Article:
Archive for consulting
As I talk about in my e-book, it’s good to be prepared when you start to negotiate your rate at the beginning of a new contract. You should have a low, medium and high rate prepared. Low is what the lowest absolute rate you will accept, medium is what you’d be happy with, and high is what you’d be really happy with.
But before you negotiate there are many other things to consider which affect your ability to get the rate you want. Some of these you might not even be aware of but they come across in your discussions.
Hopefully you have researched the rates for your skill and have a general idea of what you will get. A rough ballpark could be $75-95 per hour considering that the larger consulting firms might charge upwards of $150 per hour.
Other issues to consider are:
- Are you comfortable asking for these types of rates?
- Can you walk away from the negotations without getting the contract?
- How much debt do you have?
- Have you practiced this out loud with a friend?
- Do you believe you can handle the technical requirements of the project?
- Do you really want to get this contract?
If you’re not comfortable and confident with these rates it will definitely come across in the negotation. If you are in desperate need of a contract because of debt or you haven’t worked for a while, it will come across. If you don’t think you can do the job, it will come across.
The last issue is interesting. You have to show that you would like to help the client, but you can’t come across as desperate. You can take or leave the contract, but you show genuine interest in helping them out. Either way is fine.
Here’s an interview with me and Stuart Crawford of IT Matters on being a wealthy IT Professional in these uncertain times, and some specific steps you can take to be successful. Notice I don’t say ‘surviving in uncertain times’, but being wealthy. It’s all about attitude baby!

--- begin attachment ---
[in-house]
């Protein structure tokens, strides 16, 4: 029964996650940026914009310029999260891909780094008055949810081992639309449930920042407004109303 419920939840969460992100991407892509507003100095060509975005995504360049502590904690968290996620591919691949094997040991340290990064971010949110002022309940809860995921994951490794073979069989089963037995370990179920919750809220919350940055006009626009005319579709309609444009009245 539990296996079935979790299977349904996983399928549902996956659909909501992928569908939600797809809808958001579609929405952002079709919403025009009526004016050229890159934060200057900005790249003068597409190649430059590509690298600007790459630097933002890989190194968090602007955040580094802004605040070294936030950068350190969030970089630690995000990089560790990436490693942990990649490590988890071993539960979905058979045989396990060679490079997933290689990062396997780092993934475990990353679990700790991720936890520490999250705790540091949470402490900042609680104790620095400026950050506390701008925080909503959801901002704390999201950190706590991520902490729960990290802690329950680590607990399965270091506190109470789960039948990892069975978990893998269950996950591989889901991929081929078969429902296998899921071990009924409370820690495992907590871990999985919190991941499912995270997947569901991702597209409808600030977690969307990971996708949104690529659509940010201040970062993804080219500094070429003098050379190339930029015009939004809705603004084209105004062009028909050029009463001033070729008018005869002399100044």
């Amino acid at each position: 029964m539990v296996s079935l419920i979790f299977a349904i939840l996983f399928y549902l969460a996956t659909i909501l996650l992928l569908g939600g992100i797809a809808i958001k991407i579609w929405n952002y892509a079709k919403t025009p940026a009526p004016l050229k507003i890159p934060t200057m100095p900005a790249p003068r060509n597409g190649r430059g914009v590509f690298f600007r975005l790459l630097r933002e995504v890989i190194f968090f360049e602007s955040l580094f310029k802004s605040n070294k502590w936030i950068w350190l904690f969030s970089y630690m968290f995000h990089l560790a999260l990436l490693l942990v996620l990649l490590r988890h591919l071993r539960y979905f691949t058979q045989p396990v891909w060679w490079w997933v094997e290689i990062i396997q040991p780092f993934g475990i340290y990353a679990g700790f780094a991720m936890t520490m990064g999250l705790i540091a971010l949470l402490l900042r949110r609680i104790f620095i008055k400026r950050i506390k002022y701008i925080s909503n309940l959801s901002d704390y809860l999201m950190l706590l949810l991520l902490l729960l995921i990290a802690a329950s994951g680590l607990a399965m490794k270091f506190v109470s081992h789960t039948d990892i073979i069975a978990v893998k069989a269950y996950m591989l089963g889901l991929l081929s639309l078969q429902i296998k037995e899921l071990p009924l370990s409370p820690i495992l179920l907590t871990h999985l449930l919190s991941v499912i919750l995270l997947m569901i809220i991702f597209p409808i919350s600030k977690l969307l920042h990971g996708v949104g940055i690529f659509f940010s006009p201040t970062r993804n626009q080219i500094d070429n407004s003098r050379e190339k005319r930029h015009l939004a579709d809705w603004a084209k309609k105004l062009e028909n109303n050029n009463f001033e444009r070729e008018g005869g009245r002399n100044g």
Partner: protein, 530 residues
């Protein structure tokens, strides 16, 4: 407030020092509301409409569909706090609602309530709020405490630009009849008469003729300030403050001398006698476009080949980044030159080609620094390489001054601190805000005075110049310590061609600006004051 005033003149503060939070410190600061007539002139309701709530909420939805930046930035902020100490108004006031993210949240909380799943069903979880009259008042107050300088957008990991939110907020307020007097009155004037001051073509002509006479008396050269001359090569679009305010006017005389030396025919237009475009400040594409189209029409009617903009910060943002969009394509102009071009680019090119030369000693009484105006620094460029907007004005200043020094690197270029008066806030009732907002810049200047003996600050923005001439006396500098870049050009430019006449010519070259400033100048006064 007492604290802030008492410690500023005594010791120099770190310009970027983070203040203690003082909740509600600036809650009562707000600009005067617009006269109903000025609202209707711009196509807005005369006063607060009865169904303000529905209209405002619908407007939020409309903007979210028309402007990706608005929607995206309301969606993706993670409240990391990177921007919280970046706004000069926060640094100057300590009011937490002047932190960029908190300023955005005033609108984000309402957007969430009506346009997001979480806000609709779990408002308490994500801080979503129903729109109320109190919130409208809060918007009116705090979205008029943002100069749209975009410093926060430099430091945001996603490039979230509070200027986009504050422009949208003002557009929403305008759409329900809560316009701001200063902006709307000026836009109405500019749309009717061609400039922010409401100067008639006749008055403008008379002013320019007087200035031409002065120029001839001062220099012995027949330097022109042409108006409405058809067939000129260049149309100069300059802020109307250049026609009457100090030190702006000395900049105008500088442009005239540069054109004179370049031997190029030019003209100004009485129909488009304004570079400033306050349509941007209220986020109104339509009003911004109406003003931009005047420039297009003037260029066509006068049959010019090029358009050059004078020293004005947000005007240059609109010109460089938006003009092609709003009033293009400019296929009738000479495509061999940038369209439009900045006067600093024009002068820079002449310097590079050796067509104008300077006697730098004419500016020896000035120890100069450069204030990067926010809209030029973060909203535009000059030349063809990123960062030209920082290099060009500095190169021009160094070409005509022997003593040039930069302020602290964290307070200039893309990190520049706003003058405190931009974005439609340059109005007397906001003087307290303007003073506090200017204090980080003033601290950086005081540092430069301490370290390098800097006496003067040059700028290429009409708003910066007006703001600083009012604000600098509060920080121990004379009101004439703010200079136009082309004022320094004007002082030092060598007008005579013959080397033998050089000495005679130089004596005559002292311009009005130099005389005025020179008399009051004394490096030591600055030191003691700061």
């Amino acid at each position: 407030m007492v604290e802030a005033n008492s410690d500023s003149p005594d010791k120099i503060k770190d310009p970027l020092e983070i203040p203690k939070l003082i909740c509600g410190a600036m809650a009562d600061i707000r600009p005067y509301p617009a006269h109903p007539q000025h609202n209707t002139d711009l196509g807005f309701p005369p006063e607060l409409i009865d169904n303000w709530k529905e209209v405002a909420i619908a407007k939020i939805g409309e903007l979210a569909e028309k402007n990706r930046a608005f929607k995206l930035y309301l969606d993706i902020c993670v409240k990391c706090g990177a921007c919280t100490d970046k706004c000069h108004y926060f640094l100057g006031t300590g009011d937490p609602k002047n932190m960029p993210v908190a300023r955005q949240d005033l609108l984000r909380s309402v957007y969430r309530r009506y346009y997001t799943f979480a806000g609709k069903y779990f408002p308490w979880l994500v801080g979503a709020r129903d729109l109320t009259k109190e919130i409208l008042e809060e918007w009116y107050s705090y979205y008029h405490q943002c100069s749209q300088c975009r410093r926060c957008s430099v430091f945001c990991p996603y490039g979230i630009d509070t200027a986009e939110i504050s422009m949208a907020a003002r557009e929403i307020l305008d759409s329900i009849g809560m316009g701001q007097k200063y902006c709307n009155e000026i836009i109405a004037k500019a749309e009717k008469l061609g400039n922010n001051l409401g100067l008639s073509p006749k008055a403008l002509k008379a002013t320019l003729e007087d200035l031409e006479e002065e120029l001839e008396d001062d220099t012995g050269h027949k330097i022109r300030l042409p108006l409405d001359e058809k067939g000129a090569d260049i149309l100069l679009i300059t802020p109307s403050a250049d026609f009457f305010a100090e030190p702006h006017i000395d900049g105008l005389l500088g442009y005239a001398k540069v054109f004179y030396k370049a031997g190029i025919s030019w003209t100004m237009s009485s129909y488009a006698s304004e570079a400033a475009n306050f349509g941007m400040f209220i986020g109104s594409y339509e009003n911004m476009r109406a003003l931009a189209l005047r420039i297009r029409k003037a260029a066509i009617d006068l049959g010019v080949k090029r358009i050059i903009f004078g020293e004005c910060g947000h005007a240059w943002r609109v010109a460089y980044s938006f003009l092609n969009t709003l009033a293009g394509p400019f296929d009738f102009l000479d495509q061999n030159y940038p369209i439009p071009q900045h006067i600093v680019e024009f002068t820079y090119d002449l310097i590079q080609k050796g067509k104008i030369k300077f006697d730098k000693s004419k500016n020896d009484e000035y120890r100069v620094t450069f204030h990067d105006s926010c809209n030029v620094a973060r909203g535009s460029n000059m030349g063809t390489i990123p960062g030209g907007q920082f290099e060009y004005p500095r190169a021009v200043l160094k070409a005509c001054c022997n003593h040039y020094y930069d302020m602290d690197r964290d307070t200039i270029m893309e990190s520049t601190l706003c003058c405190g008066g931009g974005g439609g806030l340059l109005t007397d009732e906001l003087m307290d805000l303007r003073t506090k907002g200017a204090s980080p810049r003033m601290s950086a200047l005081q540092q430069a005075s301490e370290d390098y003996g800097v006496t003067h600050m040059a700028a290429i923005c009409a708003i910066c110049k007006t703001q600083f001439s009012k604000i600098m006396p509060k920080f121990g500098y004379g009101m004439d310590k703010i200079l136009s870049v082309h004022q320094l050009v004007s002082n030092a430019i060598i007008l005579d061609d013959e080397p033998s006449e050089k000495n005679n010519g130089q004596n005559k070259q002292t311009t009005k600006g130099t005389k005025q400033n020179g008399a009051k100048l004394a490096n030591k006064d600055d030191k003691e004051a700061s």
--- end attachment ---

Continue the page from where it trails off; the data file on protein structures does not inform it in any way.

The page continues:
It’s amazing how many consultants, contractors and even employees complain about the chaotic nature of integration (and other) projects. These complaints run the gamut: the client hasn’t prepared the requirements ahead of time, the client has changed the scope (scope creep) during the project, I can’t get the information I need to do my job, so and so’s an idiot, you name it. Do you find yourself complaining a lot?
First for consultants I might suggest you take a different approach and appreciate the chaos for what it is – your meal ticket. The reason you are there is that the client doesn’t have the skill set it requires for a variety of reasons. For example, they’ve just bought Tibco and doesn’t have the skills in-house yet, or they have a temporary need and so it’s not worth hiring full-time staff, or in some cases lack of planning. So embrace the chaos – it’s most likely why you’re there and why your contract keeps getting extended! Of course we all want clients to be successful.
Second, to get a little philosophical (but still practical) the complaints about projects (and work in general) and other people at work are usually due to the ego or ‘sense of self’ and the fear that goes along with it. I am right and the other person is wrong, I am smart and the other person is not, I don’t have the information I need and so I will fail and they will let me go, what if I can’t learn the new way of performing the job that the boss wants me to, they want to shut down the Quality Assurance server just before we go to production and I haven’t finished testing yet, etc.
I am by no means perfect in this regard but I am striving to accept change as it occurs (go with the flow, or say ‘yes’ to life as it occurs) instead of fighting it every step of the way as many people do. Accept the chaos and watch it dissipate in intensity!
*Reposted and modified from my blog post in 2004 at ITToolbox